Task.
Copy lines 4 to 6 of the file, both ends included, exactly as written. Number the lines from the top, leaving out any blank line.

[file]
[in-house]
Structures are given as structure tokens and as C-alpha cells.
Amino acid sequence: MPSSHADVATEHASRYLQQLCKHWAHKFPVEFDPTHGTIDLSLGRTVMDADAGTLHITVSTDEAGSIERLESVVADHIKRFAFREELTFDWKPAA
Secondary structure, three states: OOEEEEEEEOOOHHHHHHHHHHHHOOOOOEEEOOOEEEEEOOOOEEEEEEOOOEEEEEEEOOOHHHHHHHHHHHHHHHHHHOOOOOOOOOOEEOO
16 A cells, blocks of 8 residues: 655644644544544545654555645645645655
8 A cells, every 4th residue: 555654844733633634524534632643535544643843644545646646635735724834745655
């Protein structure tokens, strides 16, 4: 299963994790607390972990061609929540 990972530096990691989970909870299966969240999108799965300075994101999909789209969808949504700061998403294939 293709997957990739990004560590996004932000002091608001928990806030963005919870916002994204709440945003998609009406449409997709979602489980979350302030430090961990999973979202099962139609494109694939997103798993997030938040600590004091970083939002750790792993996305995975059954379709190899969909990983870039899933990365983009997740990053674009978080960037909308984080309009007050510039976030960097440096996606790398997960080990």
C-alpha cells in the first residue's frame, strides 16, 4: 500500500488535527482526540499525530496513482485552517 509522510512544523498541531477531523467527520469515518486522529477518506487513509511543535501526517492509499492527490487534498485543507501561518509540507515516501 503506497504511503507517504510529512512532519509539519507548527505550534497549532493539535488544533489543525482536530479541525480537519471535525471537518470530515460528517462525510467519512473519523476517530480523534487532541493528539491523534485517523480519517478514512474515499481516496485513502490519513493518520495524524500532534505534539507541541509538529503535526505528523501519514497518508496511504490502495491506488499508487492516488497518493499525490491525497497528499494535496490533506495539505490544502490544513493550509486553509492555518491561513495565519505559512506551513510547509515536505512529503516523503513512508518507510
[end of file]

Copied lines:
Secondary structure, three states: OOEEEEEEEOOOHHHHHHHHHHHHOOOOOEEEOOOEEEEEOOOOEEEEEEOOOEEEEEEEOOOHHHHHHHHHHHHHHHHHHOOOOOOOOOOEEOO
16 A cells, blocks of 8 residues: 655644644544544545654555645645645655
8 A cells, every 4th residue: 555654844733633634524534632643535544643843644545646646635735724834745655